It’s been very up and down ever since.  After that first week in January, the symptoms seemed to lessen and things got manageable. For about 2 weeks, I was okay.  I slept maybe 6 or 6 ½  hours a night. The muscle aches went away, the headaches were manageable and I didn’t have any anxiety attacks. I thought everything was fine now and there would be no more problems.

After those 2 weeks, it started all over again.

February was pretty bad.  Super Bowl weekend, I couldn’t sleep more than 4 hours both nights and the muscle aches, headaches and anxiety attacks were back.  I was using Benadryl almost every night to help me sleep.  I went back to see another doctor at the clinic since my primary doc was unavailable.  It turns out he is the executive director of the clinic.  They wanted to put me on Effexor, but one of the people on the benzo withdrawal websites had said that Effexor was even worse to detox from than Ativan (he also was on both). Plus, this 2nd doctor claimed I’d be just fine in 3 months.  Everything I’ve read about benzo withdrawal says it can take anywhere from 6 months to a year.  The doctor agreed I should not start Ativan again and he prescribed 2 mg of Valium that I could “take as needed.” Again, he didn’t give me a tapering schedule even though I had asked him to.

The information I found about benzo withdrawal conflicted with what my doctors were telling me. The week after that, the clinic called me and told me my regular doctor’s schedule had changed so they had to bump me from March 2nd to March 23rd.  The Valium affects me worse than the Ativan. Some nights I can’t sleep at all. I tried using Melatonin to sleep one night and it didn’t work at all; I had to take Benadryl again to get to sleep. The clinic called me again this week and bumped my appointment all the way to May 4th.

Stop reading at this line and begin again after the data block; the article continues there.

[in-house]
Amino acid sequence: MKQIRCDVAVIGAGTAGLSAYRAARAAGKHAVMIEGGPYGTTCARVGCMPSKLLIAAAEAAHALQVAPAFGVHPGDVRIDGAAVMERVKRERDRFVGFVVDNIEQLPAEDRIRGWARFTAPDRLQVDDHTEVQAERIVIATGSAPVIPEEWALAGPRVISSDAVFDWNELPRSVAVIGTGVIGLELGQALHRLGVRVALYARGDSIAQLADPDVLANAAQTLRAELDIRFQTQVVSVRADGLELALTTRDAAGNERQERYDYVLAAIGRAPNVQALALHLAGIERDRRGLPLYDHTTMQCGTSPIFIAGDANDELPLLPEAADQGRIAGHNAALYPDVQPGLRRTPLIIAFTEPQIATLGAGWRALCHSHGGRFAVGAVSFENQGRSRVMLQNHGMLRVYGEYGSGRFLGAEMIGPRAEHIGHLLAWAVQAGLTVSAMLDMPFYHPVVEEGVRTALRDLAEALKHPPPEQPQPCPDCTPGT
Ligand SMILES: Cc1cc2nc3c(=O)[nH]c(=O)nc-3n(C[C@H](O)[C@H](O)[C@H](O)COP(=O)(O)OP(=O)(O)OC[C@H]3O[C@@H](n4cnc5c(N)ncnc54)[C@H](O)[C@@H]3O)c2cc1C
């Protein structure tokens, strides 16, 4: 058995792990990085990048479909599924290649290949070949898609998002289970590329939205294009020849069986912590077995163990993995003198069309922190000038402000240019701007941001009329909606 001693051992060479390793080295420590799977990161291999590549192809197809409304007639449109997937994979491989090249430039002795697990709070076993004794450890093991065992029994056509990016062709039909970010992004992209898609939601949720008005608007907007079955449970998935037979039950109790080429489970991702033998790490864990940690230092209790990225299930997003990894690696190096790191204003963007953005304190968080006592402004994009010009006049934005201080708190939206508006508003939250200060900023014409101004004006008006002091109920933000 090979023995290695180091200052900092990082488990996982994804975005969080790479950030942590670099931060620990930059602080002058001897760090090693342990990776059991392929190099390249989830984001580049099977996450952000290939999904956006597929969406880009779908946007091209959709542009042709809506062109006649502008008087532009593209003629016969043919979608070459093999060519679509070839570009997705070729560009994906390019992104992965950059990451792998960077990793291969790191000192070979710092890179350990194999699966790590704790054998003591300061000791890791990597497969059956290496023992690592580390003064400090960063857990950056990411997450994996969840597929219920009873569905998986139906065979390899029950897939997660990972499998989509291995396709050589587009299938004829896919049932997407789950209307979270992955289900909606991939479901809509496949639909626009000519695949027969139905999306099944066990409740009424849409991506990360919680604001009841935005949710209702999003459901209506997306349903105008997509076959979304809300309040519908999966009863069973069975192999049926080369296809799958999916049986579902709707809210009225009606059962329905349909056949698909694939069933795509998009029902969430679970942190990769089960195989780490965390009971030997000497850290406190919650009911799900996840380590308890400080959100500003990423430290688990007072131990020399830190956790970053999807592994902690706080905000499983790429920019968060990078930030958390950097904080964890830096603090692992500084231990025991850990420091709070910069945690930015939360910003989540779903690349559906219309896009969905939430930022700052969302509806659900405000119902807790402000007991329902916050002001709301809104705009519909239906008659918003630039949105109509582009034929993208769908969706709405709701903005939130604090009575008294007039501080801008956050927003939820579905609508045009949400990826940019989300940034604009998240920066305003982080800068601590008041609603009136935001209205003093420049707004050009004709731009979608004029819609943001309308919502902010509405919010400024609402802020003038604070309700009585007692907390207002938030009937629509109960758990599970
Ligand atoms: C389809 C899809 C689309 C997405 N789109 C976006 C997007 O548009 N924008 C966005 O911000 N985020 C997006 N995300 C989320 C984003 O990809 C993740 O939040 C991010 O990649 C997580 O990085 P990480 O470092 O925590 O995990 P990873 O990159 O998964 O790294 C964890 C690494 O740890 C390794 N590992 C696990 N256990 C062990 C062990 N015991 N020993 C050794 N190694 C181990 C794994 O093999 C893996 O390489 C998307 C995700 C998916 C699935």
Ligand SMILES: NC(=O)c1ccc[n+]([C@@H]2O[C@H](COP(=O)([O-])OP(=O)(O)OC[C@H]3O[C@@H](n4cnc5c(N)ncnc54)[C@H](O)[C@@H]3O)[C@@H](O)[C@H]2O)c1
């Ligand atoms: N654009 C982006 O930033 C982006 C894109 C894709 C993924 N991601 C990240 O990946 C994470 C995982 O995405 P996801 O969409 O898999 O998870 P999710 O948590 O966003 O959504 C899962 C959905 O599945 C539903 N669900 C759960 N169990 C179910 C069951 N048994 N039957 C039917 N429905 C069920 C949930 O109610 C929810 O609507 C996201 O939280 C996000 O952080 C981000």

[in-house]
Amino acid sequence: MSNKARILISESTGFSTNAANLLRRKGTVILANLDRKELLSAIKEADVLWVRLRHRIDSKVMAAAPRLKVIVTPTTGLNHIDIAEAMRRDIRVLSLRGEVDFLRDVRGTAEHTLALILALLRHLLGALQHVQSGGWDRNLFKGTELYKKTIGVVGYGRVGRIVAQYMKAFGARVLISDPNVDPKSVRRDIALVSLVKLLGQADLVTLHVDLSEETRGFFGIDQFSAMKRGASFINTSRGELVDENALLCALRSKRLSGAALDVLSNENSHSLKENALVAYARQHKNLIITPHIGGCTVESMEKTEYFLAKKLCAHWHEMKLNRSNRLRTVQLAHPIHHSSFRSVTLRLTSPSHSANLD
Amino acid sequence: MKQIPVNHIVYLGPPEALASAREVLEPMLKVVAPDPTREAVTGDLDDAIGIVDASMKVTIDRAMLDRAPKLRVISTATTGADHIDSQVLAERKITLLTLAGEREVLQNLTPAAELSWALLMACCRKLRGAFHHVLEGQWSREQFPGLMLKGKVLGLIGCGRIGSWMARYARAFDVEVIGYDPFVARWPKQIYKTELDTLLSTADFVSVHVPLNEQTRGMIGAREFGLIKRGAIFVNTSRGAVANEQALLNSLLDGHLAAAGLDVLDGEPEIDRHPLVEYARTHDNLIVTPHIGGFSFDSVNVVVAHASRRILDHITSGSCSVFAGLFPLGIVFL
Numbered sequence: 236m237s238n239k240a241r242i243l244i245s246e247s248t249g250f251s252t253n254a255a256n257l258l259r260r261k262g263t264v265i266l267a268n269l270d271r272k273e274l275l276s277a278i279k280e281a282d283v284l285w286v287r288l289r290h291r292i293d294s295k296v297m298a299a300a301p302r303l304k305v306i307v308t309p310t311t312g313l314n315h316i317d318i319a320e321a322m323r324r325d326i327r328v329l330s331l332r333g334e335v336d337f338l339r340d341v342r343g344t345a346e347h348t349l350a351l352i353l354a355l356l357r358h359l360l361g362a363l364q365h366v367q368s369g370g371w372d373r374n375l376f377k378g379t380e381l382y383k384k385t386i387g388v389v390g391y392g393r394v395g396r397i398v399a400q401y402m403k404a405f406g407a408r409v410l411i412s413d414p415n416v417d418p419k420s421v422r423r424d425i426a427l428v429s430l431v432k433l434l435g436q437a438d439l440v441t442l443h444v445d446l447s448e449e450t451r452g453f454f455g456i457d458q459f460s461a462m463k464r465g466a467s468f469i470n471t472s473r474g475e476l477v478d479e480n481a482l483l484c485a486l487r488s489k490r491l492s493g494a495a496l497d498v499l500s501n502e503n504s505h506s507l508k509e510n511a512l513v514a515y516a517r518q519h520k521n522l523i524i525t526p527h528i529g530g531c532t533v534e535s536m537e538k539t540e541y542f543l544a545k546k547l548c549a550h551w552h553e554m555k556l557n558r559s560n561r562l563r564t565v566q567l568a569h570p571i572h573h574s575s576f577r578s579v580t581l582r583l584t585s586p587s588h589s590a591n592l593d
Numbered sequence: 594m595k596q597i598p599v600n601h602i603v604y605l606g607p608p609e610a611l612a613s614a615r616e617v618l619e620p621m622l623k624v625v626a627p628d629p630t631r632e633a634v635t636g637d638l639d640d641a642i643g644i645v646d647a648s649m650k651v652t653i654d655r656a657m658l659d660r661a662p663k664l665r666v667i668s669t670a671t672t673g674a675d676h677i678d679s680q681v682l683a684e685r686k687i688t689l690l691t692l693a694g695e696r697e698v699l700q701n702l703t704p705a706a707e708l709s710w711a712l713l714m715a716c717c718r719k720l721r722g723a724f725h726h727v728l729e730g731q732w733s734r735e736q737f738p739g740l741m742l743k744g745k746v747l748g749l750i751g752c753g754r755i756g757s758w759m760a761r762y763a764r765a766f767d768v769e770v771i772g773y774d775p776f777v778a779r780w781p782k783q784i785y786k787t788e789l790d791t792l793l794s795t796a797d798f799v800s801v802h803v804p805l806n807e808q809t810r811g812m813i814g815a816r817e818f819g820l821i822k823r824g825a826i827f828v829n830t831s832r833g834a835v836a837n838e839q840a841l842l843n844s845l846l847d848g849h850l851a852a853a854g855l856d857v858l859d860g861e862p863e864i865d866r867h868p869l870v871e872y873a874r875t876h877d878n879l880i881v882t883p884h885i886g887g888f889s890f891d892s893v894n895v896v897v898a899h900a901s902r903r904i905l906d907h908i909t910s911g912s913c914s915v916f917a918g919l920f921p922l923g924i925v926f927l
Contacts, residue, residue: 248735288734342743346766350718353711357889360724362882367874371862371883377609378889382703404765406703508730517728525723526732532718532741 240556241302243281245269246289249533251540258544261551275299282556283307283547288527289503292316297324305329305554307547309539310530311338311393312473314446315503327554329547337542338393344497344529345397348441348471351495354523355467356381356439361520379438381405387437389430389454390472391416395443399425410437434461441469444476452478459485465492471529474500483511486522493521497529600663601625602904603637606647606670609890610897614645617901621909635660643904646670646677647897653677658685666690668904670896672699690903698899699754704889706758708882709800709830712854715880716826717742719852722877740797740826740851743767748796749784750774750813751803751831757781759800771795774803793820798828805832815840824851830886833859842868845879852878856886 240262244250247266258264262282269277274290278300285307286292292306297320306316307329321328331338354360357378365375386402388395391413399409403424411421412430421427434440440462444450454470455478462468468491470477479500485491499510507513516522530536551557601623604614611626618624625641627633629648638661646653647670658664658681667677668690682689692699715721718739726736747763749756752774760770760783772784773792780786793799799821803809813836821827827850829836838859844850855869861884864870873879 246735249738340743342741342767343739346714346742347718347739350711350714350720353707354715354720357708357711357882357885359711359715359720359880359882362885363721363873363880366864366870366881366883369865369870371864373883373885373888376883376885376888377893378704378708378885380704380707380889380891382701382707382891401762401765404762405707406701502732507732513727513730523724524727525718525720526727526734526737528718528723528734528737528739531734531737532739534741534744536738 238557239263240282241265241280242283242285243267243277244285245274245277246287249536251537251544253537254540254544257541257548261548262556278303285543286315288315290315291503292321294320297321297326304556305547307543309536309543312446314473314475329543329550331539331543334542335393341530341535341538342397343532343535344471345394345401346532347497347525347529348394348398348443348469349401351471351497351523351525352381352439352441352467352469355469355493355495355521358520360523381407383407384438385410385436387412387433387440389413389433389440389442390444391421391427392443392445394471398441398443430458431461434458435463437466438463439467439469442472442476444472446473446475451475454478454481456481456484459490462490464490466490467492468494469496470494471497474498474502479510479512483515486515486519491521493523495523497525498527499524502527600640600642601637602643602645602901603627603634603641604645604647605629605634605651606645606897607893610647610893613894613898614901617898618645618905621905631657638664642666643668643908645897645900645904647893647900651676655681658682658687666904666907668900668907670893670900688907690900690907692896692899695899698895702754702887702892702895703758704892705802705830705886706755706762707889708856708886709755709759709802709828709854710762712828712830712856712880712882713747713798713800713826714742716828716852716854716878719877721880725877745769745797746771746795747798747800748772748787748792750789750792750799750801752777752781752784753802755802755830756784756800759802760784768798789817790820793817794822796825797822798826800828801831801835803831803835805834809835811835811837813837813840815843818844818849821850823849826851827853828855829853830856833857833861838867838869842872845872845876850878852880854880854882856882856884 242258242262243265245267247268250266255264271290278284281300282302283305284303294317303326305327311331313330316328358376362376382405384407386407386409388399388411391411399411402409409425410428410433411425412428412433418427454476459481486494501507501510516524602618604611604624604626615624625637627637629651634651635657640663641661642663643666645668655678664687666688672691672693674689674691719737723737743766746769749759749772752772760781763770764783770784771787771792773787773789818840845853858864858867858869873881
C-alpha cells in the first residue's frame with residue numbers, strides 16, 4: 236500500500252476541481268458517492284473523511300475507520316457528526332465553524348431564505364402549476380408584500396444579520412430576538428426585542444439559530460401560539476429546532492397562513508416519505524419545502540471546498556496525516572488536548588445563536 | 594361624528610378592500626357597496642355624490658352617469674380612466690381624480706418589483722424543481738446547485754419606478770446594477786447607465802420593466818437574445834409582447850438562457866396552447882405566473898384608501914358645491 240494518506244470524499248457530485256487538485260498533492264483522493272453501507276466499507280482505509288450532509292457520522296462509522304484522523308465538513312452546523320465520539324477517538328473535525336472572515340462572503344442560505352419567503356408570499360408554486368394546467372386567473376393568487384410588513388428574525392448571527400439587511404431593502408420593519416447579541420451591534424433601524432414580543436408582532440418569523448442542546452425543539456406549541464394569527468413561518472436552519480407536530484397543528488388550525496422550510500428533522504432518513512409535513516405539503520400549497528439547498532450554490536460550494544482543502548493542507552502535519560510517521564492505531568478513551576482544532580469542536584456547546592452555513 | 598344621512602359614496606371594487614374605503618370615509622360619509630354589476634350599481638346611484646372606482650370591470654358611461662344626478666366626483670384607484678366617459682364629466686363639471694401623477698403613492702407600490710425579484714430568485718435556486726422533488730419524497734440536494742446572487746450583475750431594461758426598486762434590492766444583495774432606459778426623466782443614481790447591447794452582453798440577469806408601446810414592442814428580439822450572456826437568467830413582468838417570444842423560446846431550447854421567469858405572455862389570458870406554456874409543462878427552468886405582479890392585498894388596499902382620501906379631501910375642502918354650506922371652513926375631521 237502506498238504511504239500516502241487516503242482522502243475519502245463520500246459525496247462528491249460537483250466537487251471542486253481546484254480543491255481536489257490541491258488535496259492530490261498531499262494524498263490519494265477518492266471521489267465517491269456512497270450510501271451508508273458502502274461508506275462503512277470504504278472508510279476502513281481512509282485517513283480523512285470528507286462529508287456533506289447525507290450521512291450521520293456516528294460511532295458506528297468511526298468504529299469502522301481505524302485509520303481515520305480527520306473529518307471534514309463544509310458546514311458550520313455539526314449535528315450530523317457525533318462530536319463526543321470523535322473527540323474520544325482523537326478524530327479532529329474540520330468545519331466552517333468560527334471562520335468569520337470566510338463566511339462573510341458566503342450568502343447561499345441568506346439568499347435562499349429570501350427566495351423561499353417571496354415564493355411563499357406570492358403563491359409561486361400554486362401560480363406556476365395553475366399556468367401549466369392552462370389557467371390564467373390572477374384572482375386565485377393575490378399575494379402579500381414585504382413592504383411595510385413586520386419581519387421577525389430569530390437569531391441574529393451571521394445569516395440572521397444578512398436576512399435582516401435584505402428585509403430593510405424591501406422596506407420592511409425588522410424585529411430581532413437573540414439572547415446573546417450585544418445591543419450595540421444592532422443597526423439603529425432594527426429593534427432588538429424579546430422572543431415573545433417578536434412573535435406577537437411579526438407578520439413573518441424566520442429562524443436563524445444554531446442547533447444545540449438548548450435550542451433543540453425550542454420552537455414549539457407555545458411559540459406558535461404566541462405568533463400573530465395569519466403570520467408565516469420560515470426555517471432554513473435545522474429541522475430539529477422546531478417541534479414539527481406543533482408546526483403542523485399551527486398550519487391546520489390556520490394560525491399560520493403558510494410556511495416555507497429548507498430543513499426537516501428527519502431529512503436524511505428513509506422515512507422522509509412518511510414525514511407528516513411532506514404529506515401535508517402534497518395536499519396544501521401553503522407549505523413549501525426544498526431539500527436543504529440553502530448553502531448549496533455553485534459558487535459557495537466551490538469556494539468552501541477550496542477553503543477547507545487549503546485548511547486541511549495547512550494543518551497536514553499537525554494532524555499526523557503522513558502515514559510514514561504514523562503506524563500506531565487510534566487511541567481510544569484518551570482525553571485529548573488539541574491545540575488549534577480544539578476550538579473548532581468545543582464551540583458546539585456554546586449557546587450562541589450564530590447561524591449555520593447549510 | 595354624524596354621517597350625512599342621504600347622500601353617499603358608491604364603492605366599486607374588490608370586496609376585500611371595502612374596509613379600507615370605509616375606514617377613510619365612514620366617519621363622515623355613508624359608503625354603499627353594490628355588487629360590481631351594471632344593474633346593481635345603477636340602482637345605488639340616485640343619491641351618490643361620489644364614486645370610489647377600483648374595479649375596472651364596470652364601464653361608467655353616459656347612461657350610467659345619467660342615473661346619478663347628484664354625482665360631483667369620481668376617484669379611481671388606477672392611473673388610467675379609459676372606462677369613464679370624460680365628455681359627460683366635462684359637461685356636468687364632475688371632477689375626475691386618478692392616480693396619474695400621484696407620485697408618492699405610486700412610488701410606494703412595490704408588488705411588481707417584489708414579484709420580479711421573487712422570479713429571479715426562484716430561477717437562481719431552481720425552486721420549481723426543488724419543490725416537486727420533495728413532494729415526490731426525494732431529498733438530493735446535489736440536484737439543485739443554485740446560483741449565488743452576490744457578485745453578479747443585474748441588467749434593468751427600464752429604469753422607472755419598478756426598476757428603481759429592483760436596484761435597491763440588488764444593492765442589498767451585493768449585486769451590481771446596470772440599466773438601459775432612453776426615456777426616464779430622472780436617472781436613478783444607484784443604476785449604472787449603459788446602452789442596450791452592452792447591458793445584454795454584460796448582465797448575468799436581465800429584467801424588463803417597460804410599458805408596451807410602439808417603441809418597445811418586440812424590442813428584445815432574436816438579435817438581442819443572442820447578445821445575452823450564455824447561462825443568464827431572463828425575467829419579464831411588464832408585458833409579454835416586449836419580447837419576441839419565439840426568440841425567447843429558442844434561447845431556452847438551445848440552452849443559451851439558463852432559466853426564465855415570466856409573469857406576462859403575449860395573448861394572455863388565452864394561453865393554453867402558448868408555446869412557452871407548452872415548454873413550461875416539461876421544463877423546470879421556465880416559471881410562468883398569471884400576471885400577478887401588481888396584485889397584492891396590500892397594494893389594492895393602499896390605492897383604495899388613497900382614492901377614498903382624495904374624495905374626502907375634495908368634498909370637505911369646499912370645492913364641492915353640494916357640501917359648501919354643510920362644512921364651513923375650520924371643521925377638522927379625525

I have kept my therapist (who I think is an MFCC in training) informed of everything that’s happened.  She is very supportive and extremely knowledgeable about benzo withdrawal. But she is an intern working for free and though she’s willing to help, she’s very limited in what she can do.  Yesterday, I had a bad anxiety attack while I was sitting at home resting and reading.  I immediately called the clinic.  They told me to take more Valium and that if things got worse, go to the emergency room.  Last night, I tried to sleep without taking any Benadryl.  I was up until 4:30AM and finally gave up and took 2 Benadryl.  I slept a grand total of 3 hours which is down from 5 hours the previous 2 nights.

I’m asking people here because I am at the end of my rope. At this point, I feel like I’m all on my own and there is no one I can turn to.  I am very scared.  I try to remain calm.  Writing this diary is helping soothe my frayed nerves.  So far, my heart rate has been normal—I am only suffering from muscle aches, headaches and insomnia.

I know at some point I have to stop taking Benadryl to sleep, but I don’t know when. The Valium seems to make my symptoms worse so I don’t want to take that.  I still have the Ativan, but I won’t allow myself to take it.  During this whole ordeal, both my doctor and my psychiatrist never once warned me about benzo addiction and withdrawal.  Nor did they ever warn me of all the side effects.

My therapist has helped me work through my depression; it is under control through therapy. Now, the primary issue is how my body is suffering from getting off of benzos.  Has anyone here either had a loved one deal with this or been through this situation themselves? How do I get my body back to normal and be able to sleep like I did before benzos? What agency, clinic or doctor can I turn to who will guide me to full recovery from benzo withdrawal?

All I want is for my body to go back to normal, to be able to sleep normally again, to not live in fear of when the next withdrawal-induced anxiety attack will strike.  I have no idea where to go for help.  If my own doctors won’t help me, what do I do now?

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Comment Preferences

  •  Dunno But I Have Relatives With Depression and (9+ / 0-)

    we've had run-ins with antidepressants that went bad for them.

    You need professional advice immediately. With some of these drugs it may not be safe to just stop taking them cold-turkey even if they are bad for you.

    If the clinic itself suggested the emergency room you may want to consider going there if you can't get seen very soon. Hate to mention the ER on a Saturday but I guess there's no good day for it.

    Good luck and I hope the situation gets better for you soon.